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State will expand COVID-19 testing, contact tracing

CARSON CITY — Nevada will vastly expand its COVID-19 testing and contact tracing abilities under a framework announced Monday by Gov. Steve Sisolak, an effort funded by federal pandemic response money as well as $96 million from the federal Centers for Disease Control and Prevention.

“This plan marks a major milestone for the State of Nevada, formalizing and expanding our existing efforts to battle COVID-19 as we embrace our new normal,” the governor said in a statement.

The Legislature’s Interim Finance Committee approved acceptance and allocation of the CDC funding Monday afternoon. Additional funds are set to be approved this week by the state Board of Examiners, composed of the governor, attorney general and secretary of state.

Expanded community-based testing and contact tracing are essential components of the state’s pandemic recovery effort. The plan announced by the governor calls for a “comprehensive strategy” for communities to follow that will “provide a bridge to normalization of services and industry in our state.”

Community-based testing is the plan’s cornerstone. The state will provide logistical support for local and tribal communities for sample collection, personal protective equipment, and additional resources for antibody collection. The effort will be guided by the Division of Emergency Management.

The plan will also provide for expanded lab capacity for testing and analysis statewide. The governor named Mark Pandori, director of the state public health lab and an associate professor of pathology and laboratory medicine at the University of Nevada, Reno School of Medicine, to serve as the state’s chief of testing.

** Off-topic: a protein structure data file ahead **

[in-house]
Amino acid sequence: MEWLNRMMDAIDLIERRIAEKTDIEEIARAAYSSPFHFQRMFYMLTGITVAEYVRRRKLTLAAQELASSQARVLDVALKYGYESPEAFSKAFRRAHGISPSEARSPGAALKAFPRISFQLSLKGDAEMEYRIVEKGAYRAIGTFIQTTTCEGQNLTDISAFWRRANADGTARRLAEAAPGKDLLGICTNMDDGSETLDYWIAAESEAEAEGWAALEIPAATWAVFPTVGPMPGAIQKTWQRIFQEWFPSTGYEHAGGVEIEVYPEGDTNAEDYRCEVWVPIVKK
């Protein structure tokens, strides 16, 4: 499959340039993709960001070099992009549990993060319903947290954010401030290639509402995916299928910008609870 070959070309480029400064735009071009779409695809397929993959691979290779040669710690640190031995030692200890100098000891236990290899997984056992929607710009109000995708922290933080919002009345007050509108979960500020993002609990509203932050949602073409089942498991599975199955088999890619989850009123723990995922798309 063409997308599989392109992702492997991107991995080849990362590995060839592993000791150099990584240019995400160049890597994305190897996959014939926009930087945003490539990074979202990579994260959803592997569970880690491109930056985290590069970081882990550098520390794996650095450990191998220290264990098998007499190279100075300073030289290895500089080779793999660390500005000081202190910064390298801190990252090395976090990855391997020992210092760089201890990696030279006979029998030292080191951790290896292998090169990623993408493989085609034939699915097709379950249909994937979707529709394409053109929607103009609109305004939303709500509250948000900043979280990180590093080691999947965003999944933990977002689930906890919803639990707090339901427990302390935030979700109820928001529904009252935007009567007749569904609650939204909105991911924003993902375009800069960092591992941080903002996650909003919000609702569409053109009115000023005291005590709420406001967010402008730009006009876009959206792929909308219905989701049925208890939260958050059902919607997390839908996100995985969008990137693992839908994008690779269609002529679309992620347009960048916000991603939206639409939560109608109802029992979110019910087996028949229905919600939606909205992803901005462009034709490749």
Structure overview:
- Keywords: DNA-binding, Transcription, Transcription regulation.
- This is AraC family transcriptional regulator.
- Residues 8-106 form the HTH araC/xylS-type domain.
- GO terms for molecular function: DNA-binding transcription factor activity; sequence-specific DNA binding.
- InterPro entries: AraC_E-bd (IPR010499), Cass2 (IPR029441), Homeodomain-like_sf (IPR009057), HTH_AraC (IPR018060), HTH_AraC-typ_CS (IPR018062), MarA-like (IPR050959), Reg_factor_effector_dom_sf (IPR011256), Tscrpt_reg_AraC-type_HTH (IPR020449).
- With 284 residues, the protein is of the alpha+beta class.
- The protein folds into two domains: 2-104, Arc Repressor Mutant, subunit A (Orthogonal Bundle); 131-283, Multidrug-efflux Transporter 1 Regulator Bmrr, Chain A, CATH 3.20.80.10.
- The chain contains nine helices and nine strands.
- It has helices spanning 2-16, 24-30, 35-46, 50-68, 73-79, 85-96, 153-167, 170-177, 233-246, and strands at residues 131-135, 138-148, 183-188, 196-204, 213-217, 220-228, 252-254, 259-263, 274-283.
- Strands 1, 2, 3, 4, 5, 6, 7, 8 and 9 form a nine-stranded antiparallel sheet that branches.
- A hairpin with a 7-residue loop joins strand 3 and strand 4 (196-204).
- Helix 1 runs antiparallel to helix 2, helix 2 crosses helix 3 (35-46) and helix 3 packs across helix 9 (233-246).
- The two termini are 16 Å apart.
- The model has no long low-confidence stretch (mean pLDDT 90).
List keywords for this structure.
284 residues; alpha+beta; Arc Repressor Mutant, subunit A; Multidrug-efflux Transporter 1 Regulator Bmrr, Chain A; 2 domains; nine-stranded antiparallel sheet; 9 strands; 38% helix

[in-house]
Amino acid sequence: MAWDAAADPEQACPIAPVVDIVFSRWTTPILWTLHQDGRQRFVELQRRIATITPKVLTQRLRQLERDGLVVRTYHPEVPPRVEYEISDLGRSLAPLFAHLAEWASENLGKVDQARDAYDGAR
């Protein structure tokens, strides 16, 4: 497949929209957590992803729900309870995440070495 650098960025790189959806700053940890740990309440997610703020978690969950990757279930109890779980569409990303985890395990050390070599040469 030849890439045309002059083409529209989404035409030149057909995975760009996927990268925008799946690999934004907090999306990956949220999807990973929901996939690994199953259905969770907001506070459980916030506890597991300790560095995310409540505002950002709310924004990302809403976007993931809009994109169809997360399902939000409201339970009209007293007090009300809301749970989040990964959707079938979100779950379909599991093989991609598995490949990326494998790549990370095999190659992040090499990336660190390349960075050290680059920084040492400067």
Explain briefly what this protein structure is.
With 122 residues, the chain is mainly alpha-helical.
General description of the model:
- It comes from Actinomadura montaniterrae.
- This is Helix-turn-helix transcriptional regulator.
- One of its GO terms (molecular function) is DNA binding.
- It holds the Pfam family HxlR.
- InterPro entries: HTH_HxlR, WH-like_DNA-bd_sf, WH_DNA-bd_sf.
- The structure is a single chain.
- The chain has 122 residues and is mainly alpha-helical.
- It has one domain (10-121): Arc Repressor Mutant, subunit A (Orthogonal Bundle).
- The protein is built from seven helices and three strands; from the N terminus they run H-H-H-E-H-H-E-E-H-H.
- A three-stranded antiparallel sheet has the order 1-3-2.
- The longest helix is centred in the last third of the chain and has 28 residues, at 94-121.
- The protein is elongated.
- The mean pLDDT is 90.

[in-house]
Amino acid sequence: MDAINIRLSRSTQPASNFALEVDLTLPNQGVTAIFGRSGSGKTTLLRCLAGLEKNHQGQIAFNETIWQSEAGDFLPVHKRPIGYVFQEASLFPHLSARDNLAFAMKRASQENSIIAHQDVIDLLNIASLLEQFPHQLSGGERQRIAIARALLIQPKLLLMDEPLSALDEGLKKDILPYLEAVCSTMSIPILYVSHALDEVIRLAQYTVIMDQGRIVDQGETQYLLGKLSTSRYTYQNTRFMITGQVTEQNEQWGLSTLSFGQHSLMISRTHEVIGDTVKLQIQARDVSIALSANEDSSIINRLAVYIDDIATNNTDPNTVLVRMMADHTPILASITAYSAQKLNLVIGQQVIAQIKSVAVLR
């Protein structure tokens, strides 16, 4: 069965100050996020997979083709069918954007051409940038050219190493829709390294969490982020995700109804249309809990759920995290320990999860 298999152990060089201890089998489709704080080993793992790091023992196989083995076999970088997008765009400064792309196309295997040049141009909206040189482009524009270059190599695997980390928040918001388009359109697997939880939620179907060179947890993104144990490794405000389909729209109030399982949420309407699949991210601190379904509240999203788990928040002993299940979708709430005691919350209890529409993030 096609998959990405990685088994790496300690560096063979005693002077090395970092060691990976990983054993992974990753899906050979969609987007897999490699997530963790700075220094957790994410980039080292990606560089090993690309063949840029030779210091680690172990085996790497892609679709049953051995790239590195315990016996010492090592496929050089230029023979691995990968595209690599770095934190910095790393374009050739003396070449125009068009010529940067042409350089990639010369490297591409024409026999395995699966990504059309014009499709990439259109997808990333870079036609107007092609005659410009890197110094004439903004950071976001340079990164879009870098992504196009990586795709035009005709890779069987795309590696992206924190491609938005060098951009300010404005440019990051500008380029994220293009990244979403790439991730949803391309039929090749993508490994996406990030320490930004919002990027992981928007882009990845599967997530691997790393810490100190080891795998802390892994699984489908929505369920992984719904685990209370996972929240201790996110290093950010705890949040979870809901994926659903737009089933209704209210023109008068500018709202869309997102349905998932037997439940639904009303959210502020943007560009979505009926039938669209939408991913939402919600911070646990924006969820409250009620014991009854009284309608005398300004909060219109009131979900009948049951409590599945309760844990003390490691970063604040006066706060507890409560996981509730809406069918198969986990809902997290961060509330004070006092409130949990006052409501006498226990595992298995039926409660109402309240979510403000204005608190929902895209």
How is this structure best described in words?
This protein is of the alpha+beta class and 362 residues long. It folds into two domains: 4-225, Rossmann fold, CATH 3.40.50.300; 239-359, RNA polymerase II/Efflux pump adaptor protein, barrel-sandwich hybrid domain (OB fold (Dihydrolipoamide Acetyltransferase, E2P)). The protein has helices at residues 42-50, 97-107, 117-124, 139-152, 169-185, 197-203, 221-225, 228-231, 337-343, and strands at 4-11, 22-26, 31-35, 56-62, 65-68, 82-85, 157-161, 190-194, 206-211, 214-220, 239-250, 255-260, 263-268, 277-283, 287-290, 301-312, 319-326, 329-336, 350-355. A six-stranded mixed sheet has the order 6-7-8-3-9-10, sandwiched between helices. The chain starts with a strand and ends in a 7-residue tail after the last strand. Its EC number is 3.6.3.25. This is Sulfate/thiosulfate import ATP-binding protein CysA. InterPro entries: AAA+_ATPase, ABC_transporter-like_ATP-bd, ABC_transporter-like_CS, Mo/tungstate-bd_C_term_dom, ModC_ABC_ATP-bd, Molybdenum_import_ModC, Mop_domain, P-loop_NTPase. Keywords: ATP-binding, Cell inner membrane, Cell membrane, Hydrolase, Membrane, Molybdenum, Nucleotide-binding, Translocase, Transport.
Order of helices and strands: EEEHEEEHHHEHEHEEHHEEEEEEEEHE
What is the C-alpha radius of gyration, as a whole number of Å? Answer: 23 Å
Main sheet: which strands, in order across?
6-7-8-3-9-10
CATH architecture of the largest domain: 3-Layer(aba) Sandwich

The governor also approved a new policy authorizing any medical provider or trained personnel at a medically supervised COVID-19 testing site to collect test samples — an effort to streamline how community-based testing is administered.

Jobs in contact tracing

As for contact tracing, the state will obtain an off-the-shelf system developed by Salesforce that will be customized for Nevada by Deloitte. The state will also hire and train 250 contact tracers through Deloitte.

The state Department of Health and Human Services also will look to hire from among state workers who might lose jobs due to expected state spending cuts and also use funds to address deficiencies in the public health care system that the coronavirus pandemic has highlighted.

“COVID-19 has shown where we have opportunity for improvement in the public health system,” said Julia Peek, deputy administrator for the state Division of Public and Behavioral Health, speaking to the Interim Finance Committee Monday as she reviewed how the $96 million from the CDC would be spent.

Peek told the committee that the department is currently processing more lab reports in a single day than it has over the course of an entire year for reporting involving other communicable diseases. Reports are still being faxed to other jurisdictions instead of being transmitted electronically. The National Guard, activated by the governor, has been deployed to support testing, lab operations and tracing.

“So just the quantity of that information flowing through our system shows that our IT system needs a great deal of investment to improve,” Peek said. “And that is not cheap, and that is allowable in something like this.”

Help from higher ed

The governor’s office said the Nevada System of Higher Education is developing a “workforce of students, faculty, staff, and volunteers” to support health agencies at all levels of government on case investigation and contact tracing needs, both for COVID-19 and for future communicable disease investigation.

Besides the funding for testing and tracking, the legislative finance committee approved a $2.5 million emergency transfer of funds within the Department of Employment, Training and Rehabilitation to stand up a new phone system urgently needed to handle the unprecedented call volume for unemployment claims processing.

Director Heather Korbulic told the committee the existing system is “very fragile, barely operational with many of our components at their end of life,” adding that it “could potentially break at any given moment.”

The new cloud-based system, already being deployed in new call centers created to handle the unemployment crisis, also will permit workers to handle calls remotely rather than from a central location where the risk of contagion is higher.

Korbulic said the new system could be fully deployed department-wide in 30 to 60 days.

Contact Capital Bureau reporter Bill Dentzer at bdentzer@reviewjournal.com. Follow @DentzerNews on Twitter.

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